Looking just a bit like sunflowers, heleniums, or sneezeweed, are bright and cheerful perennials in shades of gold, rust, orange, and red. They flower in the fall with huge masses of two-inch blooms on branched stems three to five feet tall. They have a common name, swamp sunflower, which is not surprising. They are more often called sneezeweed because the inconspicuous green leaves were once commonly used to make snuff. Although native to North America, they were not popular in gardens here until European breeders worked with them.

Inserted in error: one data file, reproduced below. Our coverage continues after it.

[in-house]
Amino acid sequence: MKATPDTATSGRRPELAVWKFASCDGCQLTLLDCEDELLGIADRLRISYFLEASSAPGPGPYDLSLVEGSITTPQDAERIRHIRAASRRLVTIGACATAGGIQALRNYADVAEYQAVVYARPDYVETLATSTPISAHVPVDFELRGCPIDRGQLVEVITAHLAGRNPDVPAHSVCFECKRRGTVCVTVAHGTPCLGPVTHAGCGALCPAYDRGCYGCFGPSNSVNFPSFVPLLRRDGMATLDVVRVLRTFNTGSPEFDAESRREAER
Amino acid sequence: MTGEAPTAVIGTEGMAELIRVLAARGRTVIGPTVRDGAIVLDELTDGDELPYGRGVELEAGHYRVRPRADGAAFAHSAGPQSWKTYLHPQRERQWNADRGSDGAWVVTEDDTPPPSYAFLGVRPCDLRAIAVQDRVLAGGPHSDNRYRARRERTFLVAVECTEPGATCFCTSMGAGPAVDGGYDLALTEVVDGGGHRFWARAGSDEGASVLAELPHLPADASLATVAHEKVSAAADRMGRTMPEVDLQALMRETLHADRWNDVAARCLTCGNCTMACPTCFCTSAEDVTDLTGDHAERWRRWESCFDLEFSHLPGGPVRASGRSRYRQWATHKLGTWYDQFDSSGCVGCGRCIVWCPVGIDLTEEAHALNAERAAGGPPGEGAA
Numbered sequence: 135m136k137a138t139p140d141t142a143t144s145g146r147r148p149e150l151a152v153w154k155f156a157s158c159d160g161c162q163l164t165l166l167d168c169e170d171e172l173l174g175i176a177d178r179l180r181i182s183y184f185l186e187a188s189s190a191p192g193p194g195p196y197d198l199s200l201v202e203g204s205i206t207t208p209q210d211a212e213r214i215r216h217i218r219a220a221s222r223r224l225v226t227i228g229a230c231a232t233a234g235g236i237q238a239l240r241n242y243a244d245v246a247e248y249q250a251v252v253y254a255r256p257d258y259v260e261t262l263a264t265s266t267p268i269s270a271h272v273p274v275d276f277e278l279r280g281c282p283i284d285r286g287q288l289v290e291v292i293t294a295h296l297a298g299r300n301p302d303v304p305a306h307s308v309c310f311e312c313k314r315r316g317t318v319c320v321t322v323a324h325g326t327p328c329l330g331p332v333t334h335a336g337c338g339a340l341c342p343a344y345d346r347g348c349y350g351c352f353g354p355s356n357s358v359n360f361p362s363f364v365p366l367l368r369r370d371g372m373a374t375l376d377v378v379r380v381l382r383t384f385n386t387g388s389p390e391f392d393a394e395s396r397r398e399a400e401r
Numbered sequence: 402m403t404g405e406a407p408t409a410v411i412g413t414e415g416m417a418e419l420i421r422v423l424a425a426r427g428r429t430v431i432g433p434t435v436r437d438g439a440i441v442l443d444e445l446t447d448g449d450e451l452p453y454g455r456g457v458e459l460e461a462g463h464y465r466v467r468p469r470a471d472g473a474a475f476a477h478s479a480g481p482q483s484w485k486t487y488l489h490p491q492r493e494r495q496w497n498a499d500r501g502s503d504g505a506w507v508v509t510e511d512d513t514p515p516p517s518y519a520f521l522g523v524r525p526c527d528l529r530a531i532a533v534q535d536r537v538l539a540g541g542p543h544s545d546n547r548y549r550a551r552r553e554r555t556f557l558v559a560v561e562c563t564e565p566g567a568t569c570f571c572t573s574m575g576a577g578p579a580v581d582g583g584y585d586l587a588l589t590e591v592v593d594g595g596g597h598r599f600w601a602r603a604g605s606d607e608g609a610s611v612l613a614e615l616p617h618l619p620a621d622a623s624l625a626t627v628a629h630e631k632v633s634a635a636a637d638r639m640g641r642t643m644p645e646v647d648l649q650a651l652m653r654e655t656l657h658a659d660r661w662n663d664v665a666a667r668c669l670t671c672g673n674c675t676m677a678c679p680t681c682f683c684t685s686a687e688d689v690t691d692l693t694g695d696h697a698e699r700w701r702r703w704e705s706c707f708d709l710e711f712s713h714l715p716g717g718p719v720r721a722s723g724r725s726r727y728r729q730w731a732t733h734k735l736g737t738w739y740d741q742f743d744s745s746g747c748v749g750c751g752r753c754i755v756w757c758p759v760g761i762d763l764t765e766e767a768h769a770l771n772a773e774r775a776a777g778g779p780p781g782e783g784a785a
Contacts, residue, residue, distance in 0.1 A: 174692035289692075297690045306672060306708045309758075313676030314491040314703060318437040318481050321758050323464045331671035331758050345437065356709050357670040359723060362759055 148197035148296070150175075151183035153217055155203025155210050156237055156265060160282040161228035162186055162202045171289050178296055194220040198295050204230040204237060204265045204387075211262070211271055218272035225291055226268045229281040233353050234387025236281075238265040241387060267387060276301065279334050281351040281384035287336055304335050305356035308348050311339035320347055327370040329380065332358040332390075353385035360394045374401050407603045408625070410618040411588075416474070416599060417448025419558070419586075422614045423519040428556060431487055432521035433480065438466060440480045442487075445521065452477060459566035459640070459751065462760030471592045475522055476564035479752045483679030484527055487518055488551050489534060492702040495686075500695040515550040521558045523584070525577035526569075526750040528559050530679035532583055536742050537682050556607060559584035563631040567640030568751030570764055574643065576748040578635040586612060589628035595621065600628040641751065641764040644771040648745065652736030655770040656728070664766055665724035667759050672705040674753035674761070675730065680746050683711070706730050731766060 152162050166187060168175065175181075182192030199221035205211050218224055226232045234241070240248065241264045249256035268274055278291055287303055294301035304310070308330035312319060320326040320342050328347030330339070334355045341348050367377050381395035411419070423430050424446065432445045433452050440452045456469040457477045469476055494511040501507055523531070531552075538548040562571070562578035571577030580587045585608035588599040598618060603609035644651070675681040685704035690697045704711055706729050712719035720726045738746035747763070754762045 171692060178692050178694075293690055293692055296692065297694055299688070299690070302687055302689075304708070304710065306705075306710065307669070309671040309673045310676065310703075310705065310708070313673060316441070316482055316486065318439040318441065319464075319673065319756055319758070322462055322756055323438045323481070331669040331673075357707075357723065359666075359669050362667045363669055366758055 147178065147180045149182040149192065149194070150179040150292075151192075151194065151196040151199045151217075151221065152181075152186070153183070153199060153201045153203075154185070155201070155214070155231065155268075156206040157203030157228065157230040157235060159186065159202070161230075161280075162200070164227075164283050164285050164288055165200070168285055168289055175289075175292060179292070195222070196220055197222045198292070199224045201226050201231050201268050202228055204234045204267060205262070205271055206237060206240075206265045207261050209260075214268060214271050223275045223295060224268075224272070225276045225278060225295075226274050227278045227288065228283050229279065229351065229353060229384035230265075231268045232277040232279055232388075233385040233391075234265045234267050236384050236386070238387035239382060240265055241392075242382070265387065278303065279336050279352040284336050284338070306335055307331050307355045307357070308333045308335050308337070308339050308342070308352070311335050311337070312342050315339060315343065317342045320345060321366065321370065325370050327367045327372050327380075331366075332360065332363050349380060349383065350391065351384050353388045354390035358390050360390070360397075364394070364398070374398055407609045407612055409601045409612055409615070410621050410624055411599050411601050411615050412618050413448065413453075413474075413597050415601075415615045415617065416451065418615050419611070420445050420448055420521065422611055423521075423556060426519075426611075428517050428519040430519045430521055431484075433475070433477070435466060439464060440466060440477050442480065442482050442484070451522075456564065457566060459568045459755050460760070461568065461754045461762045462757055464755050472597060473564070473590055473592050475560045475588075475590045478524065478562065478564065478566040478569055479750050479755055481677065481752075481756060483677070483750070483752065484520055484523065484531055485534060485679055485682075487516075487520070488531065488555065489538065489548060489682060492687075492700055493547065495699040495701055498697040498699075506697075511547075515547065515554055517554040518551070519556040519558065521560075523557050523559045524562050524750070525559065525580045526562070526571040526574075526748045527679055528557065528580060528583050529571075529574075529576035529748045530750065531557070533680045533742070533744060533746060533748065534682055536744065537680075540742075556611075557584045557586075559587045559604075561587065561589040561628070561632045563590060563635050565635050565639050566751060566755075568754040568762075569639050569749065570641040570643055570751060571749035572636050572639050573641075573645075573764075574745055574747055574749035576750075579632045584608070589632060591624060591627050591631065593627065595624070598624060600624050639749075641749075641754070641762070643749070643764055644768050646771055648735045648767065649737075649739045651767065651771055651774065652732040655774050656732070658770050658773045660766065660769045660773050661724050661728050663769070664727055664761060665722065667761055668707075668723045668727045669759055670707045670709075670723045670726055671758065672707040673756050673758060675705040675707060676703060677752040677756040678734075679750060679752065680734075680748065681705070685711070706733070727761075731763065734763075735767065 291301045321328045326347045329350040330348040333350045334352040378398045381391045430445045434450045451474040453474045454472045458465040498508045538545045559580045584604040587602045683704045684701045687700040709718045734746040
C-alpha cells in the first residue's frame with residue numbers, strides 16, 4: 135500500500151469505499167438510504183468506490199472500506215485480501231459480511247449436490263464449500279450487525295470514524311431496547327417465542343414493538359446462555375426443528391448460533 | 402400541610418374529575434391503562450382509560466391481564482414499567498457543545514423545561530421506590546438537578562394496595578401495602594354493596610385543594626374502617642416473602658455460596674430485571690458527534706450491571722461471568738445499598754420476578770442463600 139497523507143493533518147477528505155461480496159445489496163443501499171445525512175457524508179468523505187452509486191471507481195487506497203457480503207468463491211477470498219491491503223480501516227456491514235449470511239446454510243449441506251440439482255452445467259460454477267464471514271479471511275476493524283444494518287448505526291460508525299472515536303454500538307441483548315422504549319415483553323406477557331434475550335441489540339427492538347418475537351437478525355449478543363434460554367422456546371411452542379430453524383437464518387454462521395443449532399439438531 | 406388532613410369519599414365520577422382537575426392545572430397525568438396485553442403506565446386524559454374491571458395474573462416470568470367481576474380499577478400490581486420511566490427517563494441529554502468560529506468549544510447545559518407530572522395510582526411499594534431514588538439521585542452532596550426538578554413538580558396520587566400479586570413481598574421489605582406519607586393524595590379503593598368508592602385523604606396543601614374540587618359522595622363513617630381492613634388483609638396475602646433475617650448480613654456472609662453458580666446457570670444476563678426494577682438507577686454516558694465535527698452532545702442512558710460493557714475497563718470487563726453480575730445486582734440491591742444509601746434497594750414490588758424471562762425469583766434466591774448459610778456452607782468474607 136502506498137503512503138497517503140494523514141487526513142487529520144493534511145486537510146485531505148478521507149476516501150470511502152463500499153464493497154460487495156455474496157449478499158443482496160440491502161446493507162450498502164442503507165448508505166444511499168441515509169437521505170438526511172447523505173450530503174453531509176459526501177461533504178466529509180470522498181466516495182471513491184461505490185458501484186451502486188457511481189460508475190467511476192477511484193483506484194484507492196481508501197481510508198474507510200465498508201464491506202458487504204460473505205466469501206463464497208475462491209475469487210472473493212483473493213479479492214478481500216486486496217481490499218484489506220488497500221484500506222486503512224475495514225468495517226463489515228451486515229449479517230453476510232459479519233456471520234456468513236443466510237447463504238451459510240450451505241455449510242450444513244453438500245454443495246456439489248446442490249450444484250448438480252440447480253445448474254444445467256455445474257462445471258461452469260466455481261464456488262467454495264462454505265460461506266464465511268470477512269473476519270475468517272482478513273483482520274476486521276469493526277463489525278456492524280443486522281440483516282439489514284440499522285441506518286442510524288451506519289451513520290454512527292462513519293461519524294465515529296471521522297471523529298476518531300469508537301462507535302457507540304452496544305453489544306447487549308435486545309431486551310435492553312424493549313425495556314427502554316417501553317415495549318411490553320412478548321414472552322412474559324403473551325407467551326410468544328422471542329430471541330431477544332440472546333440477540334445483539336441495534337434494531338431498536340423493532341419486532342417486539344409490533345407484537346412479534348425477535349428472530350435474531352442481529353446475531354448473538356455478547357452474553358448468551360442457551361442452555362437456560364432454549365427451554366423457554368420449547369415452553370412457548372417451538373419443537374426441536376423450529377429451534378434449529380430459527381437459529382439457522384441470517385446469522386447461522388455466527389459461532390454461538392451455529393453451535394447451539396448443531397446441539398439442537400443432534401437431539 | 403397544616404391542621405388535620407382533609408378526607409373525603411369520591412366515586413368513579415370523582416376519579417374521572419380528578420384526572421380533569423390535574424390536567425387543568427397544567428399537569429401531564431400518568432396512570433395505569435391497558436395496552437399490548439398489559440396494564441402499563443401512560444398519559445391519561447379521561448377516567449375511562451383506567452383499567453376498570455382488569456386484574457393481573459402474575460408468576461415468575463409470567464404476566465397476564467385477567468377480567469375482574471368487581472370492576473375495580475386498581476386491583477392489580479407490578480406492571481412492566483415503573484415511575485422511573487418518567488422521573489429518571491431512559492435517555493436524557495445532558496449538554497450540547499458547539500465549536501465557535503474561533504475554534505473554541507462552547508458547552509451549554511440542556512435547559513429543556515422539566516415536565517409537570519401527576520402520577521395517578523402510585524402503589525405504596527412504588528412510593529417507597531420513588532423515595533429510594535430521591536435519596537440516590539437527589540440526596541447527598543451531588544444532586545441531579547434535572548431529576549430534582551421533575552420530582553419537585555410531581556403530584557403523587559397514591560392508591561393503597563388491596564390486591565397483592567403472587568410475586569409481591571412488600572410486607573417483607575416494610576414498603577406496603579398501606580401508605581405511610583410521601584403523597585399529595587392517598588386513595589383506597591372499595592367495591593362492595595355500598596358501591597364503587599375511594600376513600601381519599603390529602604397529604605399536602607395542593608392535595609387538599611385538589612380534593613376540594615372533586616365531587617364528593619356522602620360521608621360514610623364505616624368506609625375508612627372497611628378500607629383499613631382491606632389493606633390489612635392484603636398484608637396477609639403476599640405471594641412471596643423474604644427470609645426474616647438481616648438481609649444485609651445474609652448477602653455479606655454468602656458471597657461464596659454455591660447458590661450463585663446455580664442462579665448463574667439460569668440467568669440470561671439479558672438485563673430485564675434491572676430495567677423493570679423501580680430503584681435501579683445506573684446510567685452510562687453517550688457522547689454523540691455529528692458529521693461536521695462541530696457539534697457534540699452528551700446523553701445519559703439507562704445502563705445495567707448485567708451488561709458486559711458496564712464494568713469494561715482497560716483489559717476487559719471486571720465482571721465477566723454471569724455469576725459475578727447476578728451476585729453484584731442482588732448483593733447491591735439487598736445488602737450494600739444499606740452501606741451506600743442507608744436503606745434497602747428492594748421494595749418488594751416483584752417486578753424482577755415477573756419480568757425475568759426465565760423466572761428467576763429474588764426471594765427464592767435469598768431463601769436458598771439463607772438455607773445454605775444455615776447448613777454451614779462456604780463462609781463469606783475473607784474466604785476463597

How to grow: Sneezeweeds like moist, very rich soil and a location in full sun. Set the plants two or more feet apart. Stake taller types. To keep tall types neater, cut them back very hard around July 4. They will branch out and bloom on shorter, bushier stems. Deadhead plants after blooms have started to fade.
Propagation: By division in early spring and from seed.
Uses: Experiment with dwarf forms in the front of the garden border and in pots, but use the tall, standard types toward the back of perennial borders and in mass plantings. They are long-lasting cut flowers.
Scientific name: Helenium autumnale
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